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Historian Karen Cox: We Have 'No Common Ground' On Confederate Monuments

clt confederate monument.jpg
Marshall Terry/WFAE
A Confederate monument erected at Charlotte's old city hall in 1977. It was relocated to Elmwood Cemetery in 2015.

Thursday, Sept. 16, 2021

It’s been 160 years since the beginning of the Civil War. Still, many of today’s conflicts can be traced back to that tumultuous time in American history.

How we remember that history has a direct connection to all of it. We’re still debating why the Civil War was fought — and now, what to do with the Confederate monuments that honor the losing side. We can’t seem to agree on either.

UNC Charlotte historian Dr. Karen Cox says there is "no common ground" when it comes to these monuments. In her book, she digs into the historical context behind the monuments, which she says is essential to understanding their meaning.

She joins guest host Erik Spanberg to explain. Plus, we hear from former Charlotte Mayor Harvey Gantt about a scuffle over a Confederate monument in Charlotte when he was a member of City Council in 1977.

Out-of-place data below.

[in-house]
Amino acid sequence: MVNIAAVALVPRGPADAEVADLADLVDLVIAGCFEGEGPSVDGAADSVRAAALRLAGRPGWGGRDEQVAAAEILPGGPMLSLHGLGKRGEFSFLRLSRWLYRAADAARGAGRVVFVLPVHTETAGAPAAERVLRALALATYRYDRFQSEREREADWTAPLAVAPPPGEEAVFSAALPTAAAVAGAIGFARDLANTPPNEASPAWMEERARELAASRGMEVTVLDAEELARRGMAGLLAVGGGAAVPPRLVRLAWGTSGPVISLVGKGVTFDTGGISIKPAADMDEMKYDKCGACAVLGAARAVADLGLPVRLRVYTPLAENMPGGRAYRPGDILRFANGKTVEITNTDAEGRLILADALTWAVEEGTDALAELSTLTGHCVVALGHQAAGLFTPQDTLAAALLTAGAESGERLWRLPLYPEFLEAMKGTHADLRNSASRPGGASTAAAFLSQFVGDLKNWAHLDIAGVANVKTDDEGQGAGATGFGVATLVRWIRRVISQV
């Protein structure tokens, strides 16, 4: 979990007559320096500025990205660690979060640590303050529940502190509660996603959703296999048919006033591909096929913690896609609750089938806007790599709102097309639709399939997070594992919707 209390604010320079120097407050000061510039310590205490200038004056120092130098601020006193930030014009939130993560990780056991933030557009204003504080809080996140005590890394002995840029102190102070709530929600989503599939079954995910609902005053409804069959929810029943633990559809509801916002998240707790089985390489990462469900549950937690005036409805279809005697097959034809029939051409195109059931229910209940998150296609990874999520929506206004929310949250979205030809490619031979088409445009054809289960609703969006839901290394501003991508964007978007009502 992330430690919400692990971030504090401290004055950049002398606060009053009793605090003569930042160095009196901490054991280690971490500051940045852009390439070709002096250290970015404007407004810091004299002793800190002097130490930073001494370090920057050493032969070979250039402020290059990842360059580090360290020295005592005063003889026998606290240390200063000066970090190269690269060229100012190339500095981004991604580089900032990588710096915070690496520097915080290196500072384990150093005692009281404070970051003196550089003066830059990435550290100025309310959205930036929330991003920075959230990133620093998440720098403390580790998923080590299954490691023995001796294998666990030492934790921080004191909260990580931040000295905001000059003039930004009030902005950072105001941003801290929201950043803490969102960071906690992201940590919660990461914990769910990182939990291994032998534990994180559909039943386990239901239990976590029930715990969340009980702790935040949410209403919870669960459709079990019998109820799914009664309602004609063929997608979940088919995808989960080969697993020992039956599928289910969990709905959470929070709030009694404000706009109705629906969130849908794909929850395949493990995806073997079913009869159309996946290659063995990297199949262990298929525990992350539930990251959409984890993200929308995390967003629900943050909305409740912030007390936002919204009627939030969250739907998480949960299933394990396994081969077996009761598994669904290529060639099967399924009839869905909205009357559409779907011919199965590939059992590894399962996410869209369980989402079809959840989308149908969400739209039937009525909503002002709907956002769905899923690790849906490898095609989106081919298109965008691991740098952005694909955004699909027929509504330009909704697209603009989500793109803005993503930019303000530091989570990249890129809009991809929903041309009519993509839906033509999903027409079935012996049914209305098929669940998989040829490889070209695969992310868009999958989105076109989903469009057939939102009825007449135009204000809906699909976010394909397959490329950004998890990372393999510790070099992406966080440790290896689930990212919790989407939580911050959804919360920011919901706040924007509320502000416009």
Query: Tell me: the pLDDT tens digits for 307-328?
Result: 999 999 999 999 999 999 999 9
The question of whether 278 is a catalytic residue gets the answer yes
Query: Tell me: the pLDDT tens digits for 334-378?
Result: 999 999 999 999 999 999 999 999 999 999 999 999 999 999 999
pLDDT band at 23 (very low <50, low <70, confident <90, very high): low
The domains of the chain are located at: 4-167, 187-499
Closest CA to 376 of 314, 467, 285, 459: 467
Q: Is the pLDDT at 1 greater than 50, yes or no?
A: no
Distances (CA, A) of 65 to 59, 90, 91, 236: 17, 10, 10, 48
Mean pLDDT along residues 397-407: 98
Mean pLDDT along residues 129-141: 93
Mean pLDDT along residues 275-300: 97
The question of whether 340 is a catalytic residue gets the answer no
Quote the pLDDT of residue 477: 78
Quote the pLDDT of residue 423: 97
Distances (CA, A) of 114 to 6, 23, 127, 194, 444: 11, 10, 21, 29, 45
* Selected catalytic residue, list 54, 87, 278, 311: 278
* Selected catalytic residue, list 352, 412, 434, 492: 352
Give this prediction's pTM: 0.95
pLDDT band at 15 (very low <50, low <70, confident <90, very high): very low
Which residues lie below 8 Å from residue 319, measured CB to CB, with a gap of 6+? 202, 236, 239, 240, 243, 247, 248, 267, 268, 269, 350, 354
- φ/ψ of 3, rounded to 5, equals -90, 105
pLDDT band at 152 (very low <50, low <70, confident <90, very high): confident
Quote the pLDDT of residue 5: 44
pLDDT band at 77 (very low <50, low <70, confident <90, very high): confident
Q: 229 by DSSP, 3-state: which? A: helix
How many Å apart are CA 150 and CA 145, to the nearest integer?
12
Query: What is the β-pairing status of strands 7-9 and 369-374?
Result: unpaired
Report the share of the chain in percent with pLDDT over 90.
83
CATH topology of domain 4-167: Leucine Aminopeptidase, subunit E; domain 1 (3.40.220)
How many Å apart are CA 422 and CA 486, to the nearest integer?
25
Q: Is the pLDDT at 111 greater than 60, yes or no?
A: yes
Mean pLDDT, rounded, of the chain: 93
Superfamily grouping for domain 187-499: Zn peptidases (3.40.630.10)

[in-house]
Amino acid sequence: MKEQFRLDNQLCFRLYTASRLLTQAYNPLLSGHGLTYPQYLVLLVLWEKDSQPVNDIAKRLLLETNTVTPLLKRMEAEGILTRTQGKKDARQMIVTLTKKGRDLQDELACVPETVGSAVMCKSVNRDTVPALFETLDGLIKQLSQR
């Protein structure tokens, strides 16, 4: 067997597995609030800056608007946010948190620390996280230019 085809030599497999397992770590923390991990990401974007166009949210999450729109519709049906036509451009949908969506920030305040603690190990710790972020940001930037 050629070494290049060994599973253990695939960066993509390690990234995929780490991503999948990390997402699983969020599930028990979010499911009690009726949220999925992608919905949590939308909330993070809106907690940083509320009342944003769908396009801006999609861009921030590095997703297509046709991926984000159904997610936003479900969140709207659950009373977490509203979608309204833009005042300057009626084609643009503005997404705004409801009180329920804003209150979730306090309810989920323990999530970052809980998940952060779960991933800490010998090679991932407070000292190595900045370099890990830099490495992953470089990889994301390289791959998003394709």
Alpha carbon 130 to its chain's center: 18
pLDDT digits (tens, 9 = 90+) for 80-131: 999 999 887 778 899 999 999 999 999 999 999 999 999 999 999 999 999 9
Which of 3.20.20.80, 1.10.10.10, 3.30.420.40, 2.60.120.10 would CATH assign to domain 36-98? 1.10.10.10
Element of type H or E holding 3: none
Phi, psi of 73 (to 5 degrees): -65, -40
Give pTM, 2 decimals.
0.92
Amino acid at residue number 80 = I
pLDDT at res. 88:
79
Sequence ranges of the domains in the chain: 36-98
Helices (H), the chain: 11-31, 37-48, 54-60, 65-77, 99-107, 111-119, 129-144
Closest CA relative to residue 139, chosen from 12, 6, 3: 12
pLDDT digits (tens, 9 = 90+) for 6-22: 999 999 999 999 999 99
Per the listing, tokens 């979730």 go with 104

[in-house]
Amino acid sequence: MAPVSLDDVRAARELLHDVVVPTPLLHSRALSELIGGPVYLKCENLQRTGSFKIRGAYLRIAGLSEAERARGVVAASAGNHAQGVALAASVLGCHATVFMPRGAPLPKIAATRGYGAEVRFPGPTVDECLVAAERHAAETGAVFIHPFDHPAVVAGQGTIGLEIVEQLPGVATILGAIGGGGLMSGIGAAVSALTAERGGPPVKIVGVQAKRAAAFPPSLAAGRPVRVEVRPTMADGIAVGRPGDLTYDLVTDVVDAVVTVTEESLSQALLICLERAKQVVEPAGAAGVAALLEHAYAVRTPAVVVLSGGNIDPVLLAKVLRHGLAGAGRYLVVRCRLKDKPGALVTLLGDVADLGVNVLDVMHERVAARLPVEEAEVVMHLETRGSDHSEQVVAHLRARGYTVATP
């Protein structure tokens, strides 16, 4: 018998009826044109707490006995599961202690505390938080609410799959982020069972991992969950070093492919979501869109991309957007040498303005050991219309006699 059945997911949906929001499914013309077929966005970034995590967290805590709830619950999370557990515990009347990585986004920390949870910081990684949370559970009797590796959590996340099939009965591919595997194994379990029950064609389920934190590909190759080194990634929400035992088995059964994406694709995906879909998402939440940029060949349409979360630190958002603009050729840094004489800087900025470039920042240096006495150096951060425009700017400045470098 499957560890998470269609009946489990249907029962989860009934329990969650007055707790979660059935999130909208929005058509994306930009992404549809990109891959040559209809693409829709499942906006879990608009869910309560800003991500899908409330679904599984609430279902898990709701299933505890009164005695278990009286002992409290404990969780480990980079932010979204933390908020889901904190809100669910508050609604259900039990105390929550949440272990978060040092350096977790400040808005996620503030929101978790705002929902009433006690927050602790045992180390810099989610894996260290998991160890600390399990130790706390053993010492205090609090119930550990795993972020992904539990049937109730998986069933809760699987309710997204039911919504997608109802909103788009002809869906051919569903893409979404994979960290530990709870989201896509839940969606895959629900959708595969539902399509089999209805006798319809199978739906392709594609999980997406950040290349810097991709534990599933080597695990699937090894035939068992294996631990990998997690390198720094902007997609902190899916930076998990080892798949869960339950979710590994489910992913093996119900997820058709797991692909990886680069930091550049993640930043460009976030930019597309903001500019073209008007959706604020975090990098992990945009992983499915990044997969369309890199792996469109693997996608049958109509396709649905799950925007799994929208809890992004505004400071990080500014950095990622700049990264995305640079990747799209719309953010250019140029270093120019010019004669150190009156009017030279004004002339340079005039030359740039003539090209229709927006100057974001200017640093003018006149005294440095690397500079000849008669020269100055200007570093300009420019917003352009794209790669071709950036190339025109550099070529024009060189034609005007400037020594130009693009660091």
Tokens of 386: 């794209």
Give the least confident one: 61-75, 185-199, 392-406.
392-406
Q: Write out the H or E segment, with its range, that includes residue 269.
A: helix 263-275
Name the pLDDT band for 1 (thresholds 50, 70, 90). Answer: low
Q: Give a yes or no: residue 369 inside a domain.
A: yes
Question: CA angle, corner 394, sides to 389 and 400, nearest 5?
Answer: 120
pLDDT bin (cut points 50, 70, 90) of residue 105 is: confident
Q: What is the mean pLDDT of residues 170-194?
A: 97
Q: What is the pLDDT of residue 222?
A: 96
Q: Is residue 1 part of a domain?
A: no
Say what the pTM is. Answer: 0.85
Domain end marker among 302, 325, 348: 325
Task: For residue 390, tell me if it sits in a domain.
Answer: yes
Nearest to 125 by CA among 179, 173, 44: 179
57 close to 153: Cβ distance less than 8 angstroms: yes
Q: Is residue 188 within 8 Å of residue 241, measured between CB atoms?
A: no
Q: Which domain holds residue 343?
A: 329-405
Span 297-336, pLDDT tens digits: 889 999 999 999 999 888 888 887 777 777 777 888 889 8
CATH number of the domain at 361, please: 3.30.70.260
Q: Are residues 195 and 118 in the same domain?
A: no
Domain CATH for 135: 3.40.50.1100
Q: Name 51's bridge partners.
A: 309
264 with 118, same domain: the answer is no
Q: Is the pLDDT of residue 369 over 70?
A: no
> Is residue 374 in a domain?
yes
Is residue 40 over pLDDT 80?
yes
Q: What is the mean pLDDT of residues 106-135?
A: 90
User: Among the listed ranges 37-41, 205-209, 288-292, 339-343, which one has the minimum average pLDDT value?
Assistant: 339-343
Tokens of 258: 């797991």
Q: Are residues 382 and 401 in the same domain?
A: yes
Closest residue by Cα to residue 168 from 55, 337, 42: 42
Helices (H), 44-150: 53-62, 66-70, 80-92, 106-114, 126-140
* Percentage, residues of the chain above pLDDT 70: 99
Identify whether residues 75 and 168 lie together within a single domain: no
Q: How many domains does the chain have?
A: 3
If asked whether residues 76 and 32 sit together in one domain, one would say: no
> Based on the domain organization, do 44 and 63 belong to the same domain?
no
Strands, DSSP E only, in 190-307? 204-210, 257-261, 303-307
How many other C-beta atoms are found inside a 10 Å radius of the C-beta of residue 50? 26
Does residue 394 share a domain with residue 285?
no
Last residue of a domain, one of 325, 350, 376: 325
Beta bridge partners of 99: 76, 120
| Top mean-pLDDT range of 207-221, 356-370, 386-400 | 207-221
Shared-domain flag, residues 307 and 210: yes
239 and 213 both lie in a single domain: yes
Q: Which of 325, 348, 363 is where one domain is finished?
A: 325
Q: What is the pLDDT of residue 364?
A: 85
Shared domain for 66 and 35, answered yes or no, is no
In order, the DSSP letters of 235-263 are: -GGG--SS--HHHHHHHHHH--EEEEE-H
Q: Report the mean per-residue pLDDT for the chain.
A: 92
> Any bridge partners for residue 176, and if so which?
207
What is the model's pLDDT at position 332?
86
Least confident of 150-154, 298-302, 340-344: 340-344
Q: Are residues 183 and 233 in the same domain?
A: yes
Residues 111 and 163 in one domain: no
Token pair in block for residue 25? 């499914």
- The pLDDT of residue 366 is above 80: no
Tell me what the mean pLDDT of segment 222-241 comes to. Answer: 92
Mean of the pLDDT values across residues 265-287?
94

This conversation originally aired April 15, 2021.


Dr. Karen Cox, professor of history at UNC Charlotte and author of "No Common Ground: Confederate Monuments and the Ongoing Fight for Racial Justice"

Harvey Gantt, former Charlotte mayor, he was a member of Charlotte City Council when a Confederate monument was erected at the old City Hall in 1977 (minutes from the 1977 city council meeting in which Gantt spoke out against the monument.)

Erin Keever is Senior Producer of WFAE's Charlotte Talks with Mike Collins. She has been with the show since joining the station in 2006. She's a native Charlottean.